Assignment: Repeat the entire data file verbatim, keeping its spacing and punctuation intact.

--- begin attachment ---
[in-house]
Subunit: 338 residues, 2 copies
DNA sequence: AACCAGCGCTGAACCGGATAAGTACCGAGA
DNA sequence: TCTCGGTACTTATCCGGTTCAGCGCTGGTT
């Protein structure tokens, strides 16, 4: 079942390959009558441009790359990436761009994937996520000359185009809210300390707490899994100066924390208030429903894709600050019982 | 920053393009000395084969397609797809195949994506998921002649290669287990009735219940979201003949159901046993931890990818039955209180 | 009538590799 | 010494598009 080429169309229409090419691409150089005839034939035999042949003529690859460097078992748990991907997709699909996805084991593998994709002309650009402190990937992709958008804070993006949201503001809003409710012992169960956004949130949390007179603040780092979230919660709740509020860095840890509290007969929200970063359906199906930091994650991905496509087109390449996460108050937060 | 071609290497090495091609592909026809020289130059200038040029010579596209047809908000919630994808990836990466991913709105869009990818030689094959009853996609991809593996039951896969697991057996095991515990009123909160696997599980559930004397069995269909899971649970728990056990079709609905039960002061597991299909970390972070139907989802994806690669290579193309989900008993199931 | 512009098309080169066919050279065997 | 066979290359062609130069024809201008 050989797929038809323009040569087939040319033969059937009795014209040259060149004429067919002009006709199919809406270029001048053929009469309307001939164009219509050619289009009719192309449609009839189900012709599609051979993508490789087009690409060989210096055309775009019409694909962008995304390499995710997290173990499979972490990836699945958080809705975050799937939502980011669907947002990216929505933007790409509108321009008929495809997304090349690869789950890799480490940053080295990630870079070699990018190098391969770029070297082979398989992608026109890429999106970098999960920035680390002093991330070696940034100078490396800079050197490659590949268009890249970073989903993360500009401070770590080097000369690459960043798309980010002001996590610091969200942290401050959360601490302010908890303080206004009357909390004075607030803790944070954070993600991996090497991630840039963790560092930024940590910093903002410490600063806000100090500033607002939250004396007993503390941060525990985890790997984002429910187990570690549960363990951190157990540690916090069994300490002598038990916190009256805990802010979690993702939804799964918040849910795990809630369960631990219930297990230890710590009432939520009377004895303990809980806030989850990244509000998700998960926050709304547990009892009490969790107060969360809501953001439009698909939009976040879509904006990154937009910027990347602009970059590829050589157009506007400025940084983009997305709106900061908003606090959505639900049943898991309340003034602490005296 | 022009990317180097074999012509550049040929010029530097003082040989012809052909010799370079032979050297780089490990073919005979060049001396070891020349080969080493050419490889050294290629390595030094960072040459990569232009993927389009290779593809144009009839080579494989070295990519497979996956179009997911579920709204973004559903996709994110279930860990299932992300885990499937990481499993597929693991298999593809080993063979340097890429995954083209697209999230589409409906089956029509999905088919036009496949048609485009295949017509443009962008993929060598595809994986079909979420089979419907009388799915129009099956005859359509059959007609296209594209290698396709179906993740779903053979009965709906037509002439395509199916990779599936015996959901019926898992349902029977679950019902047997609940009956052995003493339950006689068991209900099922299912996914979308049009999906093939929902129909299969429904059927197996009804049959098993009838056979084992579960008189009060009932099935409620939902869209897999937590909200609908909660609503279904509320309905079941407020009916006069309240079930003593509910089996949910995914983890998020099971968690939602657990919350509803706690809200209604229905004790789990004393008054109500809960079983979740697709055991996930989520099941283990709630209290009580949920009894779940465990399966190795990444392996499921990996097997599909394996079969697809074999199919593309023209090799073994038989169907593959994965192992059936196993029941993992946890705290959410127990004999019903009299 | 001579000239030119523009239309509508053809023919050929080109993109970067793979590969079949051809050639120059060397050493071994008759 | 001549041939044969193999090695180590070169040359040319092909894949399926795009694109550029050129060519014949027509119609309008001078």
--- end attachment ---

[in-house]
Subunit: 338 residues, 2 copies
DNA sequence: AACCAGCGCTGAACCGGATAAGTACCGAGA
DNA sequence: TCTCGGTACTTATCCGGTTCAGCGCTGGTT
């Protein structure tokens, strides 16, 4: 079942390959009558441009790359990436761009994937996520000359185009809210300390707490899994100066924390208030429903894709600050019982 | 920053393009000395084969397609797809195949994506998921002649290669287990009735219940979201003949159901046993931890990818039955209180 | 009538590799 | 010494598009 080429169309229409090419691409150089005839034939035999042949003529690859460097078992748990991907997709699909996805084991593998994709002309650009402190990937992709958008804070993006949201503001809003409710012992169960956004949130949390007179603040780092979230919660709740509020860095840890509290007969929200970063359906199906930091994650991905496509087109390449996460108050937060 | 071609290497090495091609592909026809020289130059200038040029010579596209047809908000919630994808990836990466991913709105869009990818030689094959009853996609991809593996039951896969697991057996095991515990009123909160696997599980559930004397069995269909899971649970728990056990079709609905039960002061597991299909970390972070139907989802994806690669290579193309989900008993199931 | 512009098309080169066919050279065997 | 066979290359062609130069024809201008 050989797929038809323009040569087939040319033969059937009795014209040259060149004429067919002009006709199919809406270029001048053929009469309307001939164009219509050619289009009719192309449609009839189900012709599609051979993508490789087009690409060989210096055309775009019409694909962008995304390499995710997290173990499979972490990836699945958080809705975050799937939502980011669907947002990216929505933007790409509108321009008929495809997304090349690869789950890799480490940053080295990630870079070699990018190098391969770029070297082979398989992608026109890429999106970098999960920035680390002093991330070696940034100078490396800079050197490659590949268009890249970073989903993360500009401070770590080097000369690459960043798309980010002001996590610091969200942290401050959360601490302010908890303080206004009357909390004075607030803790944070954070993600991996090497991630840039963790560092930024940590910093903002410490600063806000100090500033607002939250004396007993503390941060525990985890790997984002429910187990570690549960363990951190157990540690916090069994300490002598038990916190009256805990802010979690993702939804799964918040849910795990809630369960631990219930297990230890710590009432939520009377004895303990809980806030989850990244509000998700998960926050709304547990009892009490969790107060969360809501953001439009698909939009976040879509904006990154937009910027990347602009970059590829050589157009506007400025940084983009997305709106900061908003606090959505639900049943898991309340003034602490005296 | 022009990317180097074999012509550049040929010029530097003082040989012809052909010799370079032979050297780089490990073919005979060049001396070891020349080969080493050419490889050294290629390595030094960072040459990569232009993927389009290779593809144009009839080579494989070295990519497979996956179009997911579920709204973004559903996709994110279930860990299932992300885990499937990481499993597929693991298999593809080993063979340097890429995954083209697209999230589409409906089956029509999905088919036009496949048609485009295949017509443009962008993929060598595809994986079909979420089979419907009388799915129009099956005859359509059959007609296209594209290698396709179906993740779903053979009965709906037509002439395509199916990779599936015996959901019926898992349902029977679950019902047997609940009956052995003493339950006689068991209900099922299912996914979308049009999906093939929902129909299969429904059927197996009804049959098993009838056979084992579960008189009060009932099935409620939902869209897999937590909200609908909660609503279904509320309905079941407020009916006069309240079930003593509910089996949910995914983890998020099971968690939602657990919350509803706690809200209604229905004790789990004393008054109500809960079983979740697709055991996930989520099941283990709630209290009580949920009894779940465990399966190795990444392996499921990996097997599909394996079969697809074999199919593309023209090799073994038989169907593959994965192992059936196993029941993992946890705290959410127990004999019903009299 | 001579000239030119523009239309509508053809023919050929080109993109970067793979590969079949051809050639120059060397050493071994008759 | 001549041939044969193999090695180590070169040359040319092909894949399926795009694109550029050129060519014949027509119609309008001078």